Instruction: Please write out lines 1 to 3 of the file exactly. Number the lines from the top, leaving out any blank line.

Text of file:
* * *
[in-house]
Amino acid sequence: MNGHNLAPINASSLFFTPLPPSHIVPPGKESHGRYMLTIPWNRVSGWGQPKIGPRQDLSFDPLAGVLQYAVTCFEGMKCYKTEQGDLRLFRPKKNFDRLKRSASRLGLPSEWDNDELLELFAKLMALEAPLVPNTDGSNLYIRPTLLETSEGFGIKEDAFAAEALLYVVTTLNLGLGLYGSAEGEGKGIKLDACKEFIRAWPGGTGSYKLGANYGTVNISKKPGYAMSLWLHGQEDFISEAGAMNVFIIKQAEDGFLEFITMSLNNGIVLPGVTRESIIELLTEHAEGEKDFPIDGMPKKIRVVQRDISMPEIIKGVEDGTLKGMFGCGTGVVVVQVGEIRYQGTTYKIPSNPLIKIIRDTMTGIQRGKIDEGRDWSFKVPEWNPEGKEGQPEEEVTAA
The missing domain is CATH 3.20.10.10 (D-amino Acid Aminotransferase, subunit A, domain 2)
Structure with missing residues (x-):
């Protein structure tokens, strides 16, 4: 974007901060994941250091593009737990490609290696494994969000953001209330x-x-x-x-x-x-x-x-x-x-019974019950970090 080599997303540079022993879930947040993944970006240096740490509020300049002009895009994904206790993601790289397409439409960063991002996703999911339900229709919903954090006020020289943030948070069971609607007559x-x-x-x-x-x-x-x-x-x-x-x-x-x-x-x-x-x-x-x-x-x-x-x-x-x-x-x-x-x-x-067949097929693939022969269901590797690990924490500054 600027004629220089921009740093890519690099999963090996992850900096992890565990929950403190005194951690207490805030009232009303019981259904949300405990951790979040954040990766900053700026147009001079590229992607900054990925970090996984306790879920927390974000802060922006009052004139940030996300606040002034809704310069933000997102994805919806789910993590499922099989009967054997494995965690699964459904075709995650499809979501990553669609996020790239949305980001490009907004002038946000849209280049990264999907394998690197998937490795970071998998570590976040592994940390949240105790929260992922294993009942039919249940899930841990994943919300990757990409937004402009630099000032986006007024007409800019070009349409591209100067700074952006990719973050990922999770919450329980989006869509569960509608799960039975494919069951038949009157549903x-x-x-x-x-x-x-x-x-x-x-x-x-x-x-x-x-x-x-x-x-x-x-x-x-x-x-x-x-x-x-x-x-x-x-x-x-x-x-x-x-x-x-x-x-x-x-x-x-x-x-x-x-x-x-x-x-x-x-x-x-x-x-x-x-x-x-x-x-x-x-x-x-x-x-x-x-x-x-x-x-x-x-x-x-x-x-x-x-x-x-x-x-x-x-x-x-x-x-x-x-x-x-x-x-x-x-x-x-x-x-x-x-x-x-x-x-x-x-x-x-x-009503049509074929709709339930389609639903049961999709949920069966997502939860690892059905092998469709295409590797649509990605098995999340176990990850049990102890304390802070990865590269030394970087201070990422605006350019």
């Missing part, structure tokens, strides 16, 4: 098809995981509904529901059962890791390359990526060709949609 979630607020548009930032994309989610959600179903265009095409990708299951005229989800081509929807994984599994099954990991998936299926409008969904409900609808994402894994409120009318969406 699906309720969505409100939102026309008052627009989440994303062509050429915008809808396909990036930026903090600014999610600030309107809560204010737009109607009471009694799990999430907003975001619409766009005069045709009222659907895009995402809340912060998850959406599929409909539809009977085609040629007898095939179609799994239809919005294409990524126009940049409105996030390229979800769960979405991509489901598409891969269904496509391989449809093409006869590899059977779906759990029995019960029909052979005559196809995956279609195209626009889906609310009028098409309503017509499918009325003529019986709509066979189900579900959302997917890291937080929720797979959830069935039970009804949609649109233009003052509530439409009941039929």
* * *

[in-house]
Amino acid sequence: MNGHNLAPINASSLFFTPLPPSHIVPPGKESHGRYMLTIPWNRVSGWGQPKIGPRQDLSFDPLAGVLQYAVTCFEGMKCYKTEQGDLRLFRPKKNFDRLKRSASRLGLPSEWDNDELLELFAKLMALEAPLVPNTDGSNLYIRPTLLETSEGFGIKEDAFAAEALLYVVTTLNLGLGLYGSAEGEGKGIKLDACKEFIRAWPGGTGSYKLGANYGTVNISKKPGYAMSLWLHGQEDFISEAGAMNVFIIKQAEDGFLEFITMSLNNGIVLPGVTRESIIELLTEHAEGEKDFPIDGMPKKIRVVQRDISMPEIIKGVEDGTLKGMFGCGTGVVVVQVGEIRYQGTTYKIPSNPLIKIIRDTMTGIQRGKIDEGRDWSFKVPEWNPEGKEGQPEEEVTAA
The missing domain is CATH 3.20.10.10 (D-amino Acid Aminotransferase, subunit A, domain 2)